About a year and a half ago, I found myself standing atop a cliff in Death Valley National Park, preparing to walk backwards over the edge. No, I wasn’t suicidal. I was on a canyoneering trip with my friend Charlie and three other guys, who were all experienced rock climbers. I was the least experienced rapeller in the group, having not been on a rope since I was about 12 years old.
Charlie and two of the others had already made the descent, which was about 110 feet. I was clipped in, and the belay was ready. All I had to do was lean back into my harness, and back over the edge. Craig, who had helped me get roped up, was watching me closely. “Just lean back, and relax,” he said.
Relax. Right. It’s only 110 feet. What could go wrong?
I took three deep breaths, leaned back, and walked over the lip. I don’t actually remember the first 5 feet or so. But once I was past the brink, and fully committed, my fear very quickly changed to exhileration, and by the time I was 20 feet down, I was actually making an effort to slow my descent, so the fun would last longer. When my feet hit the gravel at the bottom, I was smiling from ear to ear, and looking forward to the next drop.
The key to the whole thing was not over-thinking the initial few steps. It would have been easy to stand there for the rest of the afternoon, frozen with uncertainty and fear, while my buddies got quickly irritated with me. Instead, I tried to rationalize it: “Three other guys just trusted themselves to this rope and survived, why would I be different?”
Making the jump from an advanced amateur to a professional photographer is like that. A lot of talented shooters have an incredibly hard time dropping the day job and taking the plunge. And the longer they spend agonizing about whether they’re “ready”, the harder it gets to just do it. Plenty of people ‘make it’ as photographers; and some of them are woefully unskilled shooters, too!
When I quit my job as a general manager for Kinko’s, in February of 2005, I was as unprepared as I could be for a career as a photographer. I had done little or no research, conducted no informational interviews, assisted no working photogs. I had never been in a studio. I had no friends that worked in camera stores, and had never actually met a professional photographer. I had never taken a photography class. I did own a camera, an Olympus OM-G I’d purchased in 1994, used. And I had a Fuji 3.2-megapixel point and shoot, which Kinko’s had given me in recognition of my 15th anniversary with the company a few months before.
How much more foolish can you get? For years afterward, I told people who asked me about it that I had “done it” in the dumbest possible way, that a more reasoned and rational approach might have made the transition easier.
But lately, in re-examining this, I’ve come to conclude that I did it in the only way I could; that the course I took was the only one that would ultimately bring me to realize my dream. Had I followed the conventional wisdom (assisted a working pro, gotten a job at a camera store, taken a class, or in other words done my homework) I would probably never have left my awful corporate job for fear of failure.
I mean really: spend any time at all on an internet forum where Pro’s and Am’s come together, notably on the Flickr Strobist Forum, and you’ll hear nothing but discouraging words from the Pro’s. And the advice from the pundits is often even more gloomy. Ken Rockwell, for example, offers this in his article titled “How To Become a Professional Photographer”:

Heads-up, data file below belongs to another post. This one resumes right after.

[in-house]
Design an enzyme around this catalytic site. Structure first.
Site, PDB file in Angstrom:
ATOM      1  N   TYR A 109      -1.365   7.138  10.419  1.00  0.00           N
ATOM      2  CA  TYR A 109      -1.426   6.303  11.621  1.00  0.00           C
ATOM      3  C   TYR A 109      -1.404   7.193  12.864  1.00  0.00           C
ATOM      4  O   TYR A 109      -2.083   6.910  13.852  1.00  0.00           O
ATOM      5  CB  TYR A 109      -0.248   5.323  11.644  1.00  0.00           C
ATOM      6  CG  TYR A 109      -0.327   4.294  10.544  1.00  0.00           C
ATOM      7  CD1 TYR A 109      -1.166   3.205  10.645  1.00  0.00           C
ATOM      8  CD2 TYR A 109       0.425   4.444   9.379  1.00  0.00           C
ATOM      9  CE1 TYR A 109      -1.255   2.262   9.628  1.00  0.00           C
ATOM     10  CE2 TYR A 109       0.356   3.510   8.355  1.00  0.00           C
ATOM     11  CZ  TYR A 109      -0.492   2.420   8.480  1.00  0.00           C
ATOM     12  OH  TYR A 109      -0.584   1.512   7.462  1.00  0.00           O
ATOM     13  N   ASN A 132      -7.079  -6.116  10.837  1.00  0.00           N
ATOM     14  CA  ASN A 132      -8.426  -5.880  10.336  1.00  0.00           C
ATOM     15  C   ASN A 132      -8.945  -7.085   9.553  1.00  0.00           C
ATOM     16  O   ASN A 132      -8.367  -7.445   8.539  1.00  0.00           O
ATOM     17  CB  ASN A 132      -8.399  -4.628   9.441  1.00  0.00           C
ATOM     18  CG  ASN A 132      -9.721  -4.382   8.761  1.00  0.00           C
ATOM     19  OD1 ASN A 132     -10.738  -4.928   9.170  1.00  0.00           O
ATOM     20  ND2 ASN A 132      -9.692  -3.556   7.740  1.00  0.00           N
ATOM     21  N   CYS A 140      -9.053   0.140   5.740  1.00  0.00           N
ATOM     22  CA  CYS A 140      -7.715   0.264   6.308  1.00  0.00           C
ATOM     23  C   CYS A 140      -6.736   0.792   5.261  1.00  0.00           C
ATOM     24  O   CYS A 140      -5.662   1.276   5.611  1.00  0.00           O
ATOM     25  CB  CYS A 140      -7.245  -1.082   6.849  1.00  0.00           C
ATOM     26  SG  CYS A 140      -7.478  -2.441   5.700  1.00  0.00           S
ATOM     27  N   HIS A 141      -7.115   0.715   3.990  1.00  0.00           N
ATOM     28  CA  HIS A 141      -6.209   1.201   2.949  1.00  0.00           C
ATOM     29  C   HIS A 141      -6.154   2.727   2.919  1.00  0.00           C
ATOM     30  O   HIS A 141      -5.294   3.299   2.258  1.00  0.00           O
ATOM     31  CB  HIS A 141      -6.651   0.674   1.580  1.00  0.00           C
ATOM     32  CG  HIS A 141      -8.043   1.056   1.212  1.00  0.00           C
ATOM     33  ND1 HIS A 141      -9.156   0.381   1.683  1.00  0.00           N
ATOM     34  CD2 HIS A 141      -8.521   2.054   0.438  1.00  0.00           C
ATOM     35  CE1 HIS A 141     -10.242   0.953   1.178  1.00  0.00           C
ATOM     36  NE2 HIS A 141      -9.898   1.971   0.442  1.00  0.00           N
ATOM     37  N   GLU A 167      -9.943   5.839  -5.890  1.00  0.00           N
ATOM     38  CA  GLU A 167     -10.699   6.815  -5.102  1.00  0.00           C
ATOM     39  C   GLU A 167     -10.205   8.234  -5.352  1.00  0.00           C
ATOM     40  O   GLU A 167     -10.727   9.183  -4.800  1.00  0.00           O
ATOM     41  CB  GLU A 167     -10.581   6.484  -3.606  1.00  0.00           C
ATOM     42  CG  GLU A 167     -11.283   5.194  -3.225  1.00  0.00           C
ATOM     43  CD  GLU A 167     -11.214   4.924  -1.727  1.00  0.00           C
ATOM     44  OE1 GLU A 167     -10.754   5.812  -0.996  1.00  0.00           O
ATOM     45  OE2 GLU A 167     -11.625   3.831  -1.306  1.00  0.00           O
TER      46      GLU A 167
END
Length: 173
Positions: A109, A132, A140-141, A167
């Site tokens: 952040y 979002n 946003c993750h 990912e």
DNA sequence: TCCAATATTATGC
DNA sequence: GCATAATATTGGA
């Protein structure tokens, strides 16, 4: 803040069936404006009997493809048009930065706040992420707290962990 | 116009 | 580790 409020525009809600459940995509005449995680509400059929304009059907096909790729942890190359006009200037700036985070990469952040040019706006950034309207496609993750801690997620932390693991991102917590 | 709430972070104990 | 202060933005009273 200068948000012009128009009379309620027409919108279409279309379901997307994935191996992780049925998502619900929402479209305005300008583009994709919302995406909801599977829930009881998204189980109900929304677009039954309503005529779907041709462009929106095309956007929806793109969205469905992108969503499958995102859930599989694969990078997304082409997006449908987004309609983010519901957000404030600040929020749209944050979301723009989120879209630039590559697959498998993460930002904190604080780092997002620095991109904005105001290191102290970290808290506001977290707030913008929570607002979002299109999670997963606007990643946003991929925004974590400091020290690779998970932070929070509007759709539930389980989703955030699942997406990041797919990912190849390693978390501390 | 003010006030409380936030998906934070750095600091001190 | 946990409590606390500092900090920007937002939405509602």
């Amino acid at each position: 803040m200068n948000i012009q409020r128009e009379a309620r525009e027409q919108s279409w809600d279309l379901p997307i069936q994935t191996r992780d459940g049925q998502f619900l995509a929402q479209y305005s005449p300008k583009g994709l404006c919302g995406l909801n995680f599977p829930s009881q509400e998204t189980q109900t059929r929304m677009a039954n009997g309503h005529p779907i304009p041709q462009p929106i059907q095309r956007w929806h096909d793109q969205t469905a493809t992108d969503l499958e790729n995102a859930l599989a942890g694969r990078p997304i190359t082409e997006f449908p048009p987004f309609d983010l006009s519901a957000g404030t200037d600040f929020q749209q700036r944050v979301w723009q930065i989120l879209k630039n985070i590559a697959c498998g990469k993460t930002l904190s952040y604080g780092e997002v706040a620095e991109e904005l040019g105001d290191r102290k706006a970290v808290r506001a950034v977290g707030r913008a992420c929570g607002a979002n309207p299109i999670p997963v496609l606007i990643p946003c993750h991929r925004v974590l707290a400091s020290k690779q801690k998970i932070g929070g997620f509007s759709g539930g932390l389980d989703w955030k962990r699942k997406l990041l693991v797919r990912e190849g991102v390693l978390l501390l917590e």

Would you like to photograph anything you want, anywhere you want, anytime you want, any way you want, with a great professional camera system? Would you love to travel to luxury destinations and photograph whatever, whenever you want? The only way to do this is to keep your real job and do photography on your own time.
Making a buck in photography is a lot tougher than keeping a real job. The photo jobs and locations that pay the most are the most boring. Think you’re going to have people hiring you as a travel photographer? Guess again.
Hmmm… not exactly encouraging. He carries on in a similar vein for several more paragraphs.
I have absolutely no doubt that the slow, test-the-waters, careful approach has worked well for some folks. But it would never have worked for me. Taking a plunge is all I know.
The two years were tough. I had a couple of setbacks that were pretty devastating (my car broke down catastrophically, forcing me to blow almost all my savings on a new one; the following year my new car was broken into and I lost my laptop; my only computer.) I lived for months at a time on a budget so tight I had only $20 per week for food. I ate a lot of potatoes and oatmeal. I was perennially behind on bills. It was hard.
I think if I’d had a single, strong mentor that believed in me, that gave me a consistent message and offered consistent support, I might have followed that path and had an easier entry. I’m not sure. But those people are few and far between, and it isn’t clear to me that it was really an option; I had to play the hand I was dealt. Which meant I was on my own.
Had I researched the field sufficiently to have a clear idea of what was ahead of me, I’m quite sure that I would have concluded that the entire idea of photography as a vocation was simply preposterous. In fact, I was fairly sure that it was preposterous without doing the research.
But I was wrong. The difficulty of getting here only makes the reality sweeter. It’s good being a photographer. Being self-employed is a completely different existence. And when I say I’m “here” — what do I mean?
Stay tuned. That’s another post.